Nearly forty countries have increased interest rates in the previous six months. This is due to central banks in the United States, England, India, and elsewhere trying to slow down the fastest Inflation in decades by increasing borrowing costs.

On Wednesday, the Federal Reserve raised its benchmark policy rate, making it the third hike they've made this year and the largest increase they've made since 1994.

Within hours following the Federal Reserve's announcement, a number of other countries, including Brazil and Saudi Arabia, announced adjustments to their own interest rate policies. According to data from FactSet, 44 countries have increased their rates so far in 2022, with more adjustments expected in the future.

Increasing interest rates is a potent instrument that can be used to combat growing prices: They make borrowing money more expensive, dampening consumer demand and corporate expansion, which in turn has the effect of slowing down hiring and lowering economic growth.

This might result in slower wage growth for households and less pricing power for businesses, which would eventually have the effect of bringing Inflation under control.

It is a difficult balancing act that puts pressure on policymakers to rein in the economy without dramatically causing growth to fall off. Economists and investors regard that as a problem that is becoming increasingly difficult.

The World Bank and other agencies have issued pessimistic forecasts, leading to a growing fear of an impending economic downturn.

Economists at Barclays stated last week that "persistent price pressures and weakening expectations are pressuring central banks to become more aggressive." "The real economy may follow suit if financial circumstances continue to deteriorate and consumer sentiment continues to decline."

The Federal Reserve is planning to keep increasing interest rates this year, and they will most likely do so quickly.

As the European Central Bank (ECB) has indicated that it will increase interest rates in July for the first time in 11 years, investors increasingly believe it will move rapidly to slow down the economy.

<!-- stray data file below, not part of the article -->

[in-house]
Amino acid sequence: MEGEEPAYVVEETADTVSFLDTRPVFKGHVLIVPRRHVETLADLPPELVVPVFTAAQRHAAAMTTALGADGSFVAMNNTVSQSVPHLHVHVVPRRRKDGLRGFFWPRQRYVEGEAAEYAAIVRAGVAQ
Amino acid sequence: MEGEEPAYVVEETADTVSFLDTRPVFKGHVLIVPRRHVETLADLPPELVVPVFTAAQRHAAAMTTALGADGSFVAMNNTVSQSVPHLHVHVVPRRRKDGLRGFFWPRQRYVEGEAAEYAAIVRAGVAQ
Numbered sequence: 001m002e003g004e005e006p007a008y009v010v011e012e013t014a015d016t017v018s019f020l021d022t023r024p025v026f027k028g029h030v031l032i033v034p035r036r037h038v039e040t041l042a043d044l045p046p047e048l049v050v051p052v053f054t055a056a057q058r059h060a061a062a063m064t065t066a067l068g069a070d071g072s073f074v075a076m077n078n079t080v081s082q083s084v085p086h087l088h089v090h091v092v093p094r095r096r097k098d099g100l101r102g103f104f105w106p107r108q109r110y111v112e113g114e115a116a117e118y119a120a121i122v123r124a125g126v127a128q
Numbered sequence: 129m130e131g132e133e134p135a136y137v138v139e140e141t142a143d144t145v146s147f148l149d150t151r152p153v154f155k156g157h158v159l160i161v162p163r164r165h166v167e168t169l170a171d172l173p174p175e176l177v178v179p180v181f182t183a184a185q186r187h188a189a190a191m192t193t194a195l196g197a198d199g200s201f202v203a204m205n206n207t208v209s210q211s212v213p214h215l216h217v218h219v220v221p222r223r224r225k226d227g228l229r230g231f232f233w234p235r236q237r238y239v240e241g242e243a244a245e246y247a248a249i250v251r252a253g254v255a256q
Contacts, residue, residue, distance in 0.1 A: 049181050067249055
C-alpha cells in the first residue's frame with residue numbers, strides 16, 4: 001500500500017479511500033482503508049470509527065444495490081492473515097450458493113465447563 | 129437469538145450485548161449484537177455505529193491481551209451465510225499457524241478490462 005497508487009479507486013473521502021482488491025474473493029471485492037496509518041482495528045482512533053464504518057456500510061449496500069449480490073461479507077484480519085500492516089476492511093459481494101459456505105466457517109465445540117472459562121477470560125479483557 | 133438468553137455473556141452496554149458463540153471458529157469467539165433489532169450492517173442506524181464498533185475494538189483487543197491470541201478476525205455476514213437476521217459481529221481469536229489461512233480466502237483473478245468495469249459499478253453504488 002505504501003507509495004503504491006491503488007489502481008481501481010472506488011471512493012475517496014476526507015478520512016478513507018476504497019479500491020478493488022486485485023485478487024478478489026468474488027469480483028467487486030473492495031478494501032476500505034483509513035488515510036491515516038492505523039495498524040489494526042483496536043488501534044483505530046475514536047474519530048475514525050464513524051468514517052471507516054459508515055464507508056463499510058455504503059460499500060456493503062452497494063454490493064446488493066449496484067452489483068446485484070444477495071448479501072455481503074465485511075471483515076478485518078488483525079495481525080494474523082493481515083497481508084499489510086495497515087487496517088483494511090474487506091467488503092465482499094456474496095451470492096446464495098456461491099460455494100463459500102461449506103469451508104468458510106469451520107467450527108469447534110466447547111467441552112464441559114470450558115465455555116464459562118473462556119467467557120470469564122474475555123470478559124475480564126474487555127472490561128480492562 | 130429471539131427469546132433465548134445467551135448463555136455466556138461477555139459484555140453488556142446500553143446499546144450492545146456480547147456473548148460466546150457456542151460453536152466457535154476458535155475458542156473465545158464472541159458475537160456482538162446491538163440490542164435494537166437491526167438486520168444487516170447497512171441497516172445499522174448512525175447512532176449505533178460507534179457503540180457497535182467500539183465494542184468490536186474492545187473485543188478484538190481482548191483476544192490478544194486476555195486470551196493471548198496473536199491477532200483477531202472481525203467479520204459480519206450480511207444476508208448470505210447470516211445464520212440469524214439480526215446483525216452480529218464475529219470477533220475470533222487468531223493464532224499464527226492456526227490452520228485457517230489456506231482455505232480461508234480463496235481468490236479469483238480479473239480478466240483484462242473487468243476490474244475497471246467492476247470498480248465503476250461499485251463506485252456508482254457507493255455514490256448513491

After the Bank of Canada raised rates two weeks ago, there is a possibility that they will announce an even larger increase the following month. A number of the greatest economies in the world have declared their intention to take actions comparable to this.

To this point, there is scant evidence that Inflation will begin to moderate.

According to a survey published the week before last, consumer prices in the United States have once again increased. This comes after a broad range of goods and services, and gas prices rose dramatically.

The conflict in Ukraine could continue to drive up commodities prices, while efforts to limit the coronavirus in China and worker strikes in South Korea threaten to delay the manufacturing of parts further. In addition, the war in Ukraine could continue to drive up oil prices.

Demand in the United States has, for the most part, continued to be healthy, despite showing early symptoms of ease. Consumers in other regions of the world are beginning to cut down on their spending.

The question that needs to be answered right now is whether or not the global economy will be able to endure a cycle of rate increases that is unlike any that it has experienced in recent times, or possibly ever.

The outlook is not encouraging in any way.


                     Inflation: Global economy faces ‘echoes of the 1970s,’ World Bank official says



[Strategic Investment: The Post WWII World Order is About to Collapse]